Desire and power: it’s a tale as old as time played out countlessly in the artist/muse dynamic. “Symphonie fantastique” by Hector Berlioz is one such example of a multi-layered attempt to capture the fluttering beauty of unrequited love. Using this 19th century composition as the inspiration, Little Eggs Collective inject some queer imaginary and disco fever for a hallucinatory story of revenge.
Under Mathew Lee’s direction, Symphonie Fantastique similarly centres the artist (LJ Wilson) as demanding, controlling, and self-destructive. They’re surrounded by their musical muses (Lloyd Allison-Young, Clare Hennessy, Nicole Pingon, Annie Stafford, and Chemon Theys) but they take a special shining to Cassie Hamilton’s character, who quickly and definitively rebuffs their advances. From here, a descent into desire, dreams, and violence.
What distinguishes this Symphonie is a queer lens, not only in the characters’ genders, but in a queer recontextualising that implicates these kinds of abuses and misuses of power across identities. At the same time, bringing queer relationships into the spotlight of these stories highlights the complexity of the queer identity and community where boundaries between fantasy and sexuality, play and power are blurred by the deviancy that underpins queerness. The messiness of these conversations becomes clear when every new accusation or disclosed “debauchery” surfaces. (The most recent against Alexander Wang come to mind.)
In terms of the design, all elements blended seamlessly to create an expansive, indulgent disco fantasy. The set and lighting design by Benjamin Brockman featured a square mirrored stage with mixes of bright white light and neon colours which flowed, reflected, undulated as if of their own accord. Costuming from Aleisa Jelbart drew from kink communities for the ensemble’s mostly black leather looks but with additional glitz in Hennessy and Allison-Young’s cowboy get-ups, perhaps in a nod to the queer country icon Little Nas X. Along with Musical Director Oliver Shermacher’s sound design, which included remixes of Berlioz’s original composition and extra bass-heavy bops, the design did excellent work to construct a distinct, electrifying atmosphere.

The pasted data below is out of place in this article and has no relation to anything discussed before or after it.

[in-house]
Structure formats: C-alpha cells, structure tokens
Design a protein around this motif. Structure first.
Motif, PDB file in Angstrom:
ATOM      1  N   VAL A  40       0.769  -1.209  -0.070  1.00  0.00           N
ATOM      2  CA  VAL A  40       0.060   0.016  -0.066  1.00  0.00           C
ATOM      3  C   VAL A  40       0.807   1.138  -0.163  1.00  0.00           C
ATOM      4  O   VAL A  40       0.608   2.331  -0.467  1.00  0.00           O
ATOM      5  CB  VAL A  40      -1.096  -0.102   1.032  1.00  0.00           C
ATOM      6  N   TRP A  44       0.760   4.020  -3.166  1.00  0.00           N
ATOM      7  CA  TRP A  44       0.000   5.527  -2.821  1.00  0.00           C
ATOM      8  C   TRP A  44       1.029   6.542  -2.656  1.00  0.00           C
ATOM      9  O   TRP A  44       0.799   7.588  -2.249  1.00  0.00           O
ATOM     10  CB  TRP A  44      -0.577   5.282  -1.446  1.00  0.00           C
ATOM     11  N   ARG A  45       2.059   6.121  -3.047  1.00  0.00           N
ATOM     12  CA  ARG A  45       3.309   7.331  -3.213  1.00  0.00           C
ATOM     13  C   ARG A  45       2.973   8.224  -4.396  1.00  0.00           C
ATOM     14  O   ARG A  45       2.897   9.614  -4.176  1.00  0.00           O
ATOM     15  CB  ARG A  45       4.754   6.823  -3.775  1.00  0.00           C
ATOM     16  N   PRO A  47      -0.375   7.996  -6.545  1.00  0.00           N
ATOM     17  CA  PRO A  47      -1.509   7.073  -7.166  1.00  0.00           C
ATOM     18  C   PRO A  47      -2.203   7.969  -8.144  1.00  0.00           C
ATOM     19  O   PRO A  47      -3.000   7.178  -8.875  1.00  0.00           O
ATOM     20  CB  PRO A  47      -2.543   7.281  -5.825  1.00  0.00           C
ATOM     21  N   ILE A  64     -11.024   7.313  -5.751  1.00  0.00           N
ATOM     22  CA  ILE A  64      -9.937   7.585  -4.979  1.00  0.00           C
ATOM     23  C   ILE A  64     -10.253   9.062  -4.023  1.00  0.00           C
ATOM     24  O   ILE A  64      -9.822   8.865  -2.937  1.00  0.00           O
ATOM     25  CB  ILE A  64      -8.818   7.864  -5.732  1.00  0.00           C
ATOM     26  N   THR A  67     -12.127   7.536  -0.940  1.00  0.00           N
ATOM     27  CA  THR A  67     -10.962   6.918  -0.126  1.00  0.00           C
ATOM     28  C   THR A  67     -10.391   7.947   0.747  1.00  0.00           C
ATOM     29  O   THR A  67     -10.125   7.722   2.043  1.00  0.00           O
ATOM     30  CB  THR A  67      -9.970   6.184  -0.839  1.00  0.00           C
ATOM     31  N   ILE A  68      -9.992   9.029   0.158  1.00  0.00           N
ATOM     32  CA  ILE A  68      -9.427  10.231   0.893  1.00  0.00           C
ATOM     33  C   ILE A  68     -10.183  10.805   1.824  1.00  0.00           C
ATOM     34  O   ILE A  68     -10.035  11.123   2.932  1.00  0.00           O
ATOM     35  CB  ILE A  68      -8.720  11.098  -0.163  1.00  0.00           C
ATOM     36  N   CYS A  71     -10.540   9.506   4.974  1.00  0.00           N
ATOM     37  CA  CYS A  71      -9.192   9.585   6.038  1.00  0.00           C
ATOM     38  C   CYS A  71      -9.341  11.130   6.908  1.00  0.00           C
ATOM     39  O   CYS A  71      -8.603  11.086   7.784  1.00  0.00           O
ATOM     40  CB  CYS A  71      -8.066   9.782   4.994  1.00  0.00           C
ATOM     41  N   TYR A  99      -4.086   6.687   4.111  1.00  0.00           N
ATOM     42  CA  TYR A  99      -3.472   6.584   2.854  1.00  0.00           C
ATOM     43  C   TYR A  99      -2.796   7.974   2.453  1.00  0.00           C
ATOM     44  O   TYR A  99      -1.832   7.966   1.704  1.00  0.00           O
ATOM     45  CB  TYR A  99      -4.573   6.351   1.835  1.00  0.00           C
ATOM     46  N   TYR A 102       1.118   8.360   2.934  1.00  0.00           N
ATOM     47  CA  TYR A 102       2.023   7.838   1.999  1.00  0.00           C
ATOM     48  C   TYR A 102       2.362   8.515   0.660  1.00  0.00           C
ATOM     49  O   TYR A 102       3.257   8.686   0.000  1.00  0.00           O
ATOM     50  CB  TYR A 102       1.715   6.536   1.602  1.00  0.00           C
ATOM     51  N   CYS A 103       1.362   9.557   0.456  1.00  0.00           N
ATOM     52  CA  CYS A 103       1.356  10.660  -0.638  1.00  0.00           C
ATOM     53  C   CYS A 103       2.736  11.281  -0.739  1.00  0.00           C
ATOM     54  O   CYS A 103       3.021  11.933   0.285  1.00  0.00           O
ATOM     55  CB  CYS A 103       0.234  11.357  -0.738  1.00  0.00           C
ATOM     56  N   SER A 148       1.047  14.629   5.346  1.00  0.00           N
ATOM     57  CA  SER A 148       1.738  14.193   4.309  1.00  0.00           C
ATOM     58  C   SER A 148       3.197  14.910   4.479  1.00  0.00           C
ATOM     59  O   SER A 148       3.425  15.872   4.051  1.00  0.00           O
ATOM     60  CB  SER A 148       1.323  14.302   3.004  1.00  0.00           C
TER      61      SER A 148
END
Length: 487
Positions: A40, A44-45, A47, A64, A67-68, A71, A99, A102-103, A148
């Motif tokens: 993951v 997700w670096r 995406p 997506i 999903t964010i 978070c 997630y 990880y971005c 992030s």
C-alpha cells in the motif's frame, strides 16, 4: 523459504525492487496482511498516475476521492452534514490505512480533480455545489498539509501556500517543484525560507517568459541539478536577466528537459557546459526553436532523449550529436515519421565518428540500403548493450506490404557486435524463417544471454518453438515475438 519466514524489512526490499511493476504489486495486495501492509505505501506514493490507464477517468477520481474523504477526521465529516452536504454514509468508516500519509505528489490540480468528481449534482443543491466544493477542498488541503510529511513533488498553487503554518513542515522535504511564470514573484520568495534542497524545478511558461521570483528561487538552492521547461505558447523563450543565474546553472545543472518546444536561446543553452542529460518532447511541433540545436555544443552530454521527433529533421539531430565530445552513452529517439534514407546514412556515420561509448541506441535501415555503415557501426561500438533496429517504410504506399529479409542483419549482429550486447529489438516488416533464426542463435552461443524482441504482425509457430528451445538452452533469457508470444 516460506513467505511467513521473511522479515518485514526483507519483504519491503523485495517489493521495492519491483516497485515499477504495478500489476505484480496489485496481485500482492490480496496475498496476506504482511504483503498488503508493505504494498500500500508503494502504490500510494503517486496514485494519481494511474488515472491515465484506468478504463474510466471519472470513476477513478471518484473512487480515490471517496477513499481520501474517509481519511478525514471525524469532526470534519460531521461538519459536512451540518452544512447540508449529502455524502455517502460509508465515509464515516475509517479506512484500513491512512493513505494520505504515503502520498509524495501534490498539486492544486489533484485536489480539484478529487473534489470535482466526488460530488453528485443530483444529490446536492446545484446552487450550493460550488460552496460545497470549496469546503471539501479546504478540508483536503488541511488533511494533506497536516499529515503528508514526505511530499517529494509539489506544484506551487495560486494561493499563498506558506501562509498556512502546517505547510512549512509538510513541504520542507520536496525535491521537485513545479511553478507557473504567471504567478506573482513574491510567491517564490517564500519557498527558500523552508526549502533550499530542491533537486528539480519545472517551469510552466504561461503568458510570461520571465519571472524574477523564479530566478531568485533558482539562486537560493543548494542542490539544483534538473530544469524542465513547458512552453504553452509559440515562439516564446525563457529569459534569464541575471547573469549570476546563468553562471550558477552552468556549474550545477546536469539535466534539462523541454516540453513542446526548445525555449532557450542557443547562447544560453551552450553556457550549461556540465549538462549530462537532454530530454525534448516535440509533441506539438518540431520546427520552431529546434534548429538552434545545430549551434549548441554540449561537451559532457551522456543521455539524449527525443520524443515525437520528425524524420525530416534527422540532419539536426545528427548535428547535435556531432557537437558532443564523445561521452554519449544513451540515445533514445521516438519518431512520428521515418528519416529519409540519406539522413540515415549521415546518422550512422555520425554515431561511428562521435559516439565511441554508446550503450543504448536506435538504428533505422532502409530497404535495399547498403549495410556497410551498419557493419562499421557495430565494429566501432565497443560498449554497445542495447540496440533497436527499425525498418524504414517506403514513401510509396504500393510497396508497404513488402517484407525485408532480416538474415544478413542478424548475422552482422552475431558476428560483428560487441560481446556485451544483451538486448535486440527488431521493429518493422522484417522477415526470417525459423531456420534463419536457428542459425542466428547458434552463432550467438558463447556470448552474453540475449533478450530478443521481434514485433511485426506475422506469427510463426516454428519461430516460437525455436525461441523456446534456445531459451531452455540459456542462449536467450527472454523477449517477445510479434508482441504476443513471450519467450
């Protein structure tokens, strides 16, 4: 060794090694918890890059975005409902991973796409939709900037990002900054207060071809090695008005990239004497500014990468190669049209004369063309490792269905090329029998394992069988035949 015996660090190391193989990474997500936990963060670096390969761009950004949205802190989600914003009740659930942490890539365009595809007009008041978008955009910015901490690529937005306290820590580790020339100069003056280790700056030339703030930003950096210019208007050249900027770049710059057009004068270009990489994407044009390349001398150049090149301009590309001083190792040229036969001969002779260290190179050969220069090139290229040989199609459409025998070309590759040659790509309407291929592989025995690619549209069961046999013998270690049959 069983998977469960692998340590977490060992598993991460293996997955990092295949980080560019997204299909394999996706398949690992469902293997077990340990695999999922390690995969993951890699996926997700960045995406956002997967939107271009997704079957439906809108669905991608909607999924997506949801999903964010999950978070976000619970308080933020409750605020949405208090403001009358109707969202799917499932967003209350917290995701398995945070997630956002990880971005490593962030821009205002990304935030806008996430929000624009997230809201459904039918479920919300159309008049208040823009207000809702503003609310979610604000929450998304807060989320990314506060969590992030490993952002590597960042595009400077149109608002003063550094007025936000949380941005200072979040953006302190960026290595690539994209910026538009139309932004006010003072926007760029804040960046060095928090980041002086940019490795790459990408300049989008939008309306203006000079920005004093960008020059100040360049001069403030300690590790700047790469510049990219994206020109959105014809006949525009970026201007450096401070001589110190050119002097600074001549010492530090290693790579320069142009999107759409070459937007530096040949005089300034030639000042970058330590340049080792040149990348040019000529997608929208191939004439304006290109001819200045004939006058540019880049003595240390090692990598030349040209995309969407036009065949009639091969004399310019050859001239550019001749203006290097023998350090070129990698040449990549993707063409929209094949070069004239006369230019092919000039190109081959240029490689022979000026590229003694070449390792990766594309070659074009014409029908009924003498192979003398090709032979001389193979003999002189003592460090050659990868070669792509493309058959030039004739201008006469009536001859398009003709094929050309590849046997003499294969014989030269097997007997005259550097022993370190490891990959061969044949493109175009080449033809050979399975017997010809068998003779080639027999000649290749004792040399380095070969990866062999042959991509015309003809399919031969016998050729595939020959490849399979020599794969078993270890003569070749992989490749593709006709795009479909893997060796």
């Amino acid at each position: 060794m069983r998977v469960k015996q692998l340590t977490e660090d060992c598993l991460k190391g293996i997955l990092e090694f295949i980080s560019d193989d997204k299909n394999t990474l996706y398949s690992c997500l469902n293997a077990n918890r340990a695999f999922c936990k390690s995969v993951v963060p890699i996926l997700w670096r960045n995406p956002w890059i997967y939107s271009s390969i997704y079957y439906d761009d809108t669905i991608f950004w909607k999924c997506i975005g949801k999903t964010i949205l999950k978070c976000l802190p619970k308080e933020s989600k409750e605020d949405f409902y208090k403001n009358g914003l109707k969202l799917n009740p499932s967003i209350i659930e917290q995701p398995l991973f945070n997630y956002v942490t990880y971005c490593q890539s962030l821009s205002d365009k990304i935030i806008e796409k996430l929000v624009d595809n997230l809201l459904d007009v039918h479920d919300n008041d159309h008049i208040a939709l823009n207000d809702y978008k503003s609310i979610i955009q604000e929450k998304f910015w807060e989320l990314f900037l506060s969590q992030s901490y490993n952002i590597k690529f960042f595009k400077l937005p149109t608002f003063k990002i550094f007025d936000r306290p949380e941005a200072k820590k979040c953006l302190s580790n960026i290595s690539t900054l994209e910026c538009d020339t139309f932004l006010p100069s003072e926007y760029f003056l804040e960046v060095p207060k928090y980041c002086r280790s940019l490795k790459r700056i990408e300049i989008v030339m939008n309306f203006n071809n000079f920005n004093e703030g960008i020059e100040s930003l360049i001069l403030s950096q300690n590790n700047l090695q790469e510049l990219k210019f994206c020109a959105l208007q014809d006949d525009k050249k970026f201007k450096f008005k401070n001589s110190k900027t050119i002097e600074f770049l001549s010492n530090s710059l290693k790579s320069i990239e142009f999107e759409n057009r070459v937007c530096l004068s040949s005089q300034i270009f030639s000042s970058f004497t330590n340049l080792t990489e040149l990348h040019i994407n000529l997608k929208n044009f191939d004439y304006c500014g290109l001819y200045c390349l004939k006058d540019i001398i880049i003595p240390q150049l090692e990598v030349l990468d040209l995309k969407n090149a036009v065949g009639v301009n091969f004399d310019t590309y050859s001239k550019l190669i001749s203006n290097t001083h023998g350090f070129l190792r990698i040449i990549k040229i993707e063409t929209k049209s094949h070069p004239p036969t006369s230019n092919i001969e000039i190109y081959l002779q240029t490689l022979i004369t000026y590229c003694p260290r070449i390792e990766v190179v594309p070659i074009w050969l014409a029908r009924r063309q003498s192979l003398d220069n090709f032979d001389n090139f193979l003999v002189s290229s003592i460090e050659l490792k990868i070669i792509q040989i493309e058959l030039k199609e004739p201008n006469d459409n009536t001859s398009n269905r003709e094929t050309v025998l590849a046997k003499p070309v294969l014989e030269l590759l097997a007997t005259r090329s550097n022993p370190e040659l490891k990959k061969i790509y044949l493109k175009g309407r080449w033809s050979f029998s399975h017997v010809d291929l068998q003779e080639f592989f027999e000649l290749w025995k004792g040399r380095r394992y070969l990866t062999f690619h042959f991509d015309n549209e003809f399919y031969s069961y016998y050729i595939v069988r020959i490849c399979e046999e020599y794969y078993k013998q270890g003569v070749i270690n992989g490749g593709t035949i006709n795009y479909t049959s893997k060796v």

All of that being said, there was room for emphasis and expansion. In every reference to queer performance and culture, the moments were fleeting or felt reserved. If you’re going to bring up leather kink, queer cowboys, or camp then give risqué, raunchy, grotesque. Give more pleasure, more pain; something to flinch away from. Go all the way into queer excellence, queer extraordinary, queer excess.
As is customary with Little Eggs Collective, the ensemble was second to none. Movement coach Grace Stamnas with the ensemble devised an unusual, evocative choreography that was performed with expert precision. The muses moved with a psychic awareness of each other and their sensorial world. In this particular production, there were moments when the ensemble’s talents didn’t feel harnessed to their full potential, like in the extended physical comedy of Theys as a sheep. But they were strongest in moments like Wilson’s ritualised comeuppance as Pingon beat out a harrowing death march and the rest mimed as a unified machine.
The only hurdle at which the production could be said to have fallen down was the narrative and, specifically, the villain. Wilson’s characterisation of the abuser as made up largely of being out of breath was repetitive and unrealistic. This reimagined Berlioz lacked nuance and failed to match the complexity of the rest of the production, which severely hollowed out Lee’s interests in the power dynamics of queer relationships and the impact of abuses of power.
The ideas of Symphonie Fantastique were evocative and alluring with a clear grasp of the culture of queer performance it falls into and it was performed close to perfectly. It can’t really be a true critique to leave merely wanting more.
Symphonie Fantastique is running at Kings Cross Theatre from February 17th – 27th
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